Attention to detail outside house attracts buyers

By Lin Connery for the Calgary Herald

July 16, 2005

When selling a home in summer, outdoor space — front and back — can be almost as important as what’s inside. First impressions are crucial: After all, if you can’t coax viewers out of the car, they’re not going to buy your house.

When preparing your home for sale, stroll to the curb and take a good, long look from the vantage point of a prospective buyer. Take note of little chores and minor repairs that should be taken care of.
Potential buyers are picky — they may have a messy lawn at home, but they’ll turn up their nose at your dandelions. If your house looks like a winner, it will get more and better offers.

Next, do your own drive-by — discover what prospective buyers see when they cruise past. Will your house make their short list of homes to see?

A brief consultation with a designer can more than pay for itself when the home sells quickly and for more money.

If you have a back lane, that’s another aspect of curb appeal that shouldn’t be ignored. Prospective buyers who are really interested are almost certain to walk or drive along a back lane to check the rear view. Fix and tidy as required.

If your backyard landscape features only a couple of lonely shrubs and a bare patch of lawn, consider adding an instant garden through “potscaping.”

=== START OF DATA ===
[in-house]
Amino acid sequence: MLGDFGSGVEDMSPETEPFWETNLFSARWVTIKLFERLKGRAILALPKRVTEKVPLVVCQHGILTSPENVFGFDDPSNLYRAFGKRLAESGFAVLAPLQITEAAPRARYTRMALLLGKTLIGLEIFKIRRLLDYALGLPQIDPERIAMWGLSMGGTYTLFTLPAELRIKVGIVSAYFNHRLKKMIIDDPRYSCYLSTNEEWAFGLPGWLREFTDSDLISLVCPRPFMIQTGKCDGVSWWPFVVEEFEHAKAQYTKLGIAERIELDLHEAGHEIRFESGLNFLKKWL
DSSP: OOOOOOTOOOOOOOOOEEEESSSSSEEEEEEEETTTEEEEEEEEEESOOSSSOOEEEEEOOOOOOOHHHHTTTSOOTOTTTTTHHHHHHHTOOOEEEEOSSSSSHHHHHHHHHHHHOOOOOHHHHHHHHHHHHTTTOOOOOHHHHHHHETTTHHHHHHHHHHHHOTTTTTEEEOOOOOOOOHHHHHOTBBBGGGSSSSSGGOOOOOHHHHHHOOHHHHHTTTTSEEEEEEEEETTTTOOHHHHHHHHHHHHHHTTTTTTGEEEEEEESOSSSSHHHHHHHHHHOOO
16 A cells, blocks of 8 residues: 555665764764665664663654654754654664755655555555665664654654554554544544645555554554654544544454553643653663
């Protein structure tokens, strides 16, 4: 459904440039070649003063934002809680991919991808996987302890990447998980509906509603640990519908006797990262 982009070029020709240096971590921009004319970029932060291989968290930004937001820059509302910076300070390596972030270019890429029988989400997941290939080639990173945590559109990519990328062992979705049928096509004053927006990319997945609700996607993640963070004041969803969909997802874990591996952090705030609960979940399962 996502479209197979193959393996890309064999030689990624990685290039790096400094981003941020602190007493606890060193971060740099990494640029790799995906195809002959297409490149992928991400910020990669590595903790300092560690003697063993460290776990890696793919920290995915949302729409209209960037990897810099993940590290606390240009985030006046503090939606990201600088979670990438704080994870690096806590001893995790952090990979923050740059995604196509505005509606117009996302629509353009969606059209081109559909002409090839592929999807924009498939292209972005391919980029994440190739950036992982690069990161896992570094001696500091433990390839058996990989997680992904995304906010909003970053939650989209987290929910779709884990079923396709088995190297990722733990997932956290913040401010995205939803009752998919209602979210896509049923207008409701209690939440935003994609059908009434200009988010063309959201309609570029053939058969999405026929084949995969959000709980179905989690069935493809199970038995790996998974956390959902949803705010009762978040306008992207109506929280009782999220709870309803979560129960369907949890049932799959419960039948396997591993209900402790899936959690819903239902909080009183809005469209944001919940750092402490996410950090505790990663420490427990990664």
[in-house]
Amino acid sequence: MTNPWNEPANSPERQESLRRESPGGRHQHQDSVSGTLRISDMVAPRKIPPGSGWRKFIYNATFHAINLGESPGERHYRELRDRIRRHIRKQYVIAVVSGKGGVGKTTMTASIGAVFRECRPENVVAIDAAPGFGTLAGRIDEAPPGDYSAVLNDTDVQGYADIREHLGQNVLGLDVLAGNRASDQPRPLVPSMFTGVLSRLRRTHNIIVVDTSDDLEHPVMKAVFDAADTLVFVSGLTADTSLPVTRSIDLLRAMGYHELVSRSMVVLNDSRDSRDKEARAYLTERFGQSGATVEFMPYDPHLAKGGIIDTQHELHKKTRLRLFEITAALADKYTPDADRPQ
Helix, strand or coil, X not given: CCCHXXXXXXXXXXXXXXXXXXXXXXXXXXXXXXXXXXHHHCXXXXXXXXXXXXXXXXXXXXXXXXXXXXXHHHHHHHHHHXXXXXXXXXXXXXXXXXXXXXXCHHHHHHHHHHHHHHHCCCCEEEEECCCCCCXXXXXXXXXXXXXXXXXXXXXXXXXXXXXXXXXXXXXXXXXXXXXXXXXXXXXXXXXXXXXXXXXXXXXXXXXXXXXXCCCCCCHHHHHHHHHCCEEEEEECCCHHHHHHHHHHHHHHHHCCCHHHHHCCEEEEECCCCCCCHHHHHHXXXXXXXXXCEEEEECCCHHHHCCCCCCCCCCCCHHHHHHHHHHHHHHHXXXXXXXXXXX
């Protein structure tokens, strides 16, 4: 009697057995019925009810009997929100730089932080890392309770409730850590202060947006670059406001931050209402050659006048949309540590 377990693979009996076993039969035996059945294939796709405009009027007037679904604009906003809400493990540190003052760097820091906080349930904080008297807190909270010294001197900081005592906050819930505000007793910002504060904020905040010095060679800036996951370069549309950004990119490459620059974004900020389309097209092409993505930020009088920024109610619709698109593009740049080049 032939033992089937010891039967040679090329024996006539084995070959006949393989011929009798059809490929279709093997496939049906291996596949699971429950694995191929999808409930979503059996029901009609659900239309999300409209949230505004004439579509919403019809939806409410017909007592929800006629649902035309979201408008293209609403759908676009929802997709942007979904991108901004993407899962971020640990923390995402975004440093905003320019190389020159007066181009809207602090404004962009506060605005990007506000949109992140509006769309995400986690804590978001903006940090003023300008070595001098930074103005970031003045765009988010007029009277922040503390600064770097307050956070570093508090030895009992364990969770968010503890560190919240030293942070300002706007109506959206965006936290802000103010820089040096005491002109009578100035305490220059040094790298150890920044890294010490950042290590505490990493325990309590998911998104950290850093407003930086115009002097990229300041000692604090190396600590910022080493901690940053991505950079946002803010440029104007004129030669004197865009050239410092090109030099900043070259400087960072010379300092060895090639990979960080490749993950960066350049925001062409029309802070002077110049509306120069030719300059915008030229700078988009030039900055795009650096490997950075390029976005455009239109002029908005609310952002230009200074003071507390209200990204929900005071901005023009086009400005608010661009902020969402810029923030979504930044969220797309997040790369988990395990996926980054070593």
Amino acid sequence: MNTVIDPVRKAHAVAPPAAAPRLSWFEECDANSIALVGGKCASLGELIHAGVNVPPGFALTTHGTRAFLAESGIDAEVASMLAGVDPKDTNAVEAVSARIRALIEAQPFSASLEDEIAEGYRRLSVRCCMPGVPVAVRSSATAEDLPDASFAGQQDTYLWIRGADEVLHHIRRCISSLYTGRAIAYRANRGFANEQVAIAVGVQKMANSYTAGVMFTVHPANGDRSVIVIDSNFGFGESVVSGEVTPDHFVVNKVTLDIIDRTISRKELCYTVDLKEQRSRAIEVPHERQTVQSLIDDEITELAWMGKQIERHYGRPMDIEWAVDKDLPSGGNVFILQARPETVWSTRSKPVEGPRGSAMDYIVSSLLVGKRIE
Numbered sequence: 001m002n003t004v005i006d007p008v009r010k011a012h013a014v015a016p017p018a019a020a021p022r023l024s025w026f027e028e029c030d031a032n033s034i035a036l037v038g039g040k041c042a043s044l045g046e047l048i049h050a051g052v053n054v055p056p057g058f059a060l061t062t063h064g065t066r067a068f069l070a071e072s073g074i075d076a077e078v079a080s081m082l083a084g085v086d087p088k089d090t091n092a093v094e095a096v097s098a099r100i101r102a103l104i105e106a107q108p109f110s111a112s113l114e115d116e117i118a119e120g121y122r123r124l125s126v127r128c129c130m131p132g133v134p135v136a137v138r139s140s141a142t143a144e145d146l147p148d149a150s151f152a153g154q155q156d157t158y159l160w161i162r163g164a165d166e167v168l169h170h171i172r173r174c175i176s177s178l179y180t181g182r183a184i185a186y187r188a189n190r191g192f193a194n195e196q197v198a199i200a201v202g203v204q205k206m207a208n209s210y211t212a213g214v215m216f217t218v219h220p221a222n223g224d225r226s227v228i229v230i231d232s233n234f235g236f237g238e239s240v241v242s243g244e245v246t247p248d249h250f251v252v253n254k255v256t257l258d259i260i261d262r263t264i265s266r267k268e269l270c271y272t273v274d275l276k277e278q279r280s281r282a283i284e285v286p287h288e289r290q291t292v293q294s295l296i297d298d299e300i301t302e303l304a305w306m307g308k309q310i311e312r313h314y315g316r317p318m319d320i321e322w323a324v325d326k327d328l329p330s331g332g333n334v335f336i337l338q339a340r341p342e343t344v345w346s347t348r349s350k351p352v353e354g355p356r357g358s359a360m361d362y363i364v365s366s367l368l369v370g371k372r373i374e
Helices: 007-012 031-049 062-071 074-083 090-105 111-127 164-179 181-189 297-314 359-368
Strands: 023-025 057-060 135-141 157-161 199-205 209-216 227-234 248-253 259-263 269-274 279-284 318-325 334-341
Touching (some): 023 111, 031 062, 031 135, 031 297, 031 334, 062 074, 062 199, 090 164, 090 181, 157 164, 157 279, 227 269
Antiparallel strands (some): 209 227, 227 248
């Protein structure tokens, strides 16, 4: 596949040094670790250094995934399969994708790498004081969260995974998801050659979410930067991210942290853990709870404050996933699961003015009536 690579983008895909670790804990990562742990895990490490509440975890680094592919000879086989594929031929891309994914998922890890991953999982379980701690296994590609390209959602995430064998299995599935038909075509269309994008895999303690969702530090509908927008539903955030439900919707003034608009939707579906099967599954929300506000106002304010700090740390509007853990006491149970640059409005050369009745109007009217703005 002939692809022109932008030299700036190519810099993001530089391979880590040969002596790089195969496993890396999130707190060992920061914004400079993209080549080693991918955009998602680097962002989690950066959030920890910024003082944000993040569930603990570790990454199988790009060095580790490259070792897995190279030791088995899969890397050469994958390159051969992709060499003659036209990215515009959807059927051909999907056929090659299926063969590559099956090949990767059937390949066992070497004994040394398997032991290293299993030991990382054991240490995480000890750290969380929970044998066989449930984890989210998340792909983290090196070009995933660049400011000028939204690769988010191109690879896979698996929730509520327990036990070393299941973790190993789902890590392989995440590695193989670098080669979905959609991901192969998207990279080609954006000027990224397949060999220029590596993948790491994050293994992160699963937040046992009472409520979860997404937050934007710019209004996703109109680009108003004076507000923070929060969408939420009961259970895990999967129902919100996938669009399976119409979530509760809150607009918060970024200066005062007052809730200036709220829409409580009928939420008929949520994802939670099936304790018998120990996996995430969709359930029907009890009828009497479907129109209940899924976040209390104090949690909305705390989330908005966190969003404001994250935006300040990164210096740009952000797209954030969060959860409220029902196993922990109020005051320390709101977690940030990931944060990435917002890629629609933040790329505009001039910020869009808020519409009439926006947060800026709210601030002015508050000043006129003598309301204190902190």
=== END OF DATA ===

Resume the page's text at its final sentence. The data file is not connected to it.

Instead of digging flower beds, plant lavish displays of blooms or ornamental grasses in co-ordinated pots and arrange them in attractive groupings, says Karyn Elliott, owner of Albertine Design and Crazy House Home Staging.

Because everything in the garden is in a moveable pot, all plantings can be rearranged according to what’s in bloom on the day of a showing.

A variety of pot sizes can also give a nice multilevel look to the oasis just outside the backdoor.
Also consider sight lines from inside the home — create a view that will lure prospective buyers out into the garden.

If there’s already a conventional garden in place but the plants are less than impressive, fill in gaps with potted beauties.

Potscaping can be particularly effective when space is tight, says Elliott. Even the tiniest balcony or patio can become an attractive garden space — and a real selling point.

Homeowners selling in spring, summer and fall have another advantage that shouldn’t be overlooked — outdoor patios, decks and balconies can be presented as valuable extra living space.

  • Consider the view — even the most carefully planned space can be ruined by a view of the neighbour’s trash.
  • If the views from your yard are unattractive, or if privacy is an issue, add a trellis or a high fence.
  • Create a colour palette much as you would for a room in your home, with primary, secondary and accent colours.
  • Choose easily maintained textures and colours that complement your exterior finishes.
  • Combine comfortable furnishings with interesting plant life.
  • Talk to a professional for ideas before you start building.

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